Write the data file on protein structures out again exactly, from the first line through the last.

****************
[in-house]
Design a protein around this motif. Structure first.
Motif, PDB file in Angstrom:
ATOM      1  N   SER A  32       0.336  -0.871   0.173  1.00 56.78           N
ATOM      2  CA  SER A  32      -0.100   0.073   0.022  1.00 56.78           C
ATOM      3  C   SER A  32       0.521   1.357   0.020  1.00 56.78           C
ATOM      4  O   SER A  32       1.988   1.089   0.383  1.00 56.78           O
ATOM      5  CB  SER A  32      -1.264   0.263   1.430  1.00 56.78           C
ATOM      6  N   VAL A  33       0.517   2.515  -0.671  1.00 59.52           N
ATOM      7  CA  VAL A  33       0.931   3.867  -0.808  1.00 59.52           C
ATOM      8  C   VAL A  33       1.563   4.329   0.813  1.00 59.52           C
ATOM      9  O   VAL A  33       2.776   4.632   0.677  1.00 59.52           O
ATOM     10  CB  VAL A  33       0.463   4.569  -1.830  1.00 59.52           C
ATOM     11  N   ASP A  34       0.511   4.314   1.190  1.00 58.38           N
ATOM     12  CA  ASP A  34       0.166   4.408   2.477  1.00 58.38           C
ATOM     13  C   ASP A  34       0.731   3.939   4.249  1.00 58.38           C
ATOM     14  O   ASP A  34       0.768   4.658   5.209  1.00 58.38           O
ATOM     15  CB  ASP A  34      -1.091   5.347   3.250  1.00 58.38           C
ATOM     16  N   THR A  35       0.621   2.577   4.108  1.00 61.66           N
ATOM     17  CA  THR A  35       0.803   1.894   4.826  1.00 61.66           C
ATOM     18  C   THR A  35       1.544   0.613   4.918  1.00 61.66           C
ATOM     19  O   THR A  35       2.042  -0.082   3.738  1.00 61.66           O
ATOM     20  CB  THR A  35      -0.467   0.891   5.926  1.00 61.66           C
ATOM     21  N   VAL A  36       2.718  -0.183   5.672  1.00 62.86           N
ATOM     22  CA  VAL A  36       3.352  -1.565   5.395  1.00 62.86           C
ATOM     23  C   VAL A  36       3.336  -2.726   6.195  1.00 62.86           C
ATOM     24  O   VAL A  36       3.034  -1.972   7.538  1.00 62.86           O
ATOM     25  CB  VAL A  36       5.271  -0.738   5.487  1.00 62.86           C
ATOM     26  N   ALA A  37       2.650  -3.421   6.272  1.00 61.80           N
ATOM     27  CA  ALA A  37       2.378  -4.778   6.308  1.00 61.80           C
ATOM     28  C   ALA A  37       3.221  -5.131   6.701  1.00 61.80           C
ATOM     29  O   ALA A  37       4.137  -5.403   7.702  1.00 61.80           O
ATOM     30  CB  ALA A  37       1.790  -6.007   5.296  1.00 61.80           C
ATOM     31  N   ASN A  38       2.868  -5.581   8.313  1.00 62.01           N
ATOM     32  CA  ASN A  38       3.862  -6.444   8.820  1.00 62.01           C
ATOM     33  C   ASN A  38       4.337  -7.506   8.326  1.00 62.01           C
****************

[in-house]
Design a protein around this motif. Structure first.
Motif, PDB file in Angstrom:
ATOM      1  N   SER A  32       0.336  -0.871   0.173  1.00 56.78           N
ATOM      2  CA  SER A  32      -0.100   0.073   0.022  1.00 56.78           C
ATOM      3  C   SER A  32       0.521   1.357   0.020  1.00 56.78           C
ATOM      4  O   SER A  32       1.988   1.089   0.383  1.00 56.78           O
ATOM      5  CB  SER A  32      -1.264   0.263   1.430  1.00 56.78           C
ATOM      6  N   VAL A  33       0.517   2.515  -0.671  1.00 59.52           N
ATOM      7  CA  VAL A  33       0.931   3.867  -0.808  1.00 59.52           C
ATOM      8  C   VAL A  33       1.563   4.329   0.813  1.00 59.52           C
ATOM      9  O   VAL A  33       2.776   4.632   0.677  1.00 59.52           O
ATOM     10  CB  VAL A  33       0.463   4.569  -1.830  1.00 59.52           C
ATOM     11  N   ASP A  34       0.511   4.314   1.190  1.00 58.38           N
ATOM     12  CA  ASP A  34       0.166   4.408   2.477  1.00 58.38           C
ATOM     13  C   ASP A  34       0.731   3.939   4.249  1.00 58.38           C
ATOM     14  O   ASP A  34       0.768   4.658   5.209  1.00 58.38           O
ATOM     15  CB  ASP A  34      -1.091   5.347   3.250  1.00 58.38           C
ATOM     16  N   THR A  35       0.621   2.577   4.108  1.00 61.66           N
ATOM     17  CA  THR A  35       0.803   1.894   4.826  1.00 61.66           C
ATOM     18  C   THR A  35       1.544   0.613   4.918  1.00 61.66           C
ATOM     19  O   THR A  35       2.042  -0.082   3.738  1.00 61.66           O
ATOM     20  CB  THR A  35      -0.467   0.891   5.926  1.00 61.66           C
ATOM     21  N   VAL A  36       2.718  -0.183   5.672  1.00 62.86           N
ATOM     22  CA  VAL A  36       3.352  -1.565   5.395  1.00 62.86           C
ATOM     23  C   VAL A  36       3.336  -2.726   6.195  1.00 62.86           C
ATOM     24  O   VAL A  36       3.034  -1.972   7.538  1.00 62.86           O
ATOM     25  CB  VAL A  36       5.271  -0.738   5.487  1.00 62.86           C
ATOM     26  N   ALA A  37       2.650  -3.421   6.272  1.00 61.80           N
ATOM     27  CA  ALA A  37       2.378  -4.778   6.308  1.00 61.80           C
ATOM     28  C   ALA A  37       3.221  -5.131   6.701  1.00 61.80           C
ATOM     29  O   ALA A  37       4.137  -5.403   7.702  1.00 61.80           O
ATOM     30  CB  ALA A  37       1.790  -6.007   5.296  1.00 61.80           C
ATOM     31  N   ASN A  38       2.868  -5.581   8.313  1.00 62.01           N
ATOM     32  CA  ASN A  38       3.862  -6.444   8.820  1.00 62.01           C
ATOM     33  C   ASN A  38       4.337  -7.506   8.326  1.00 62.01           C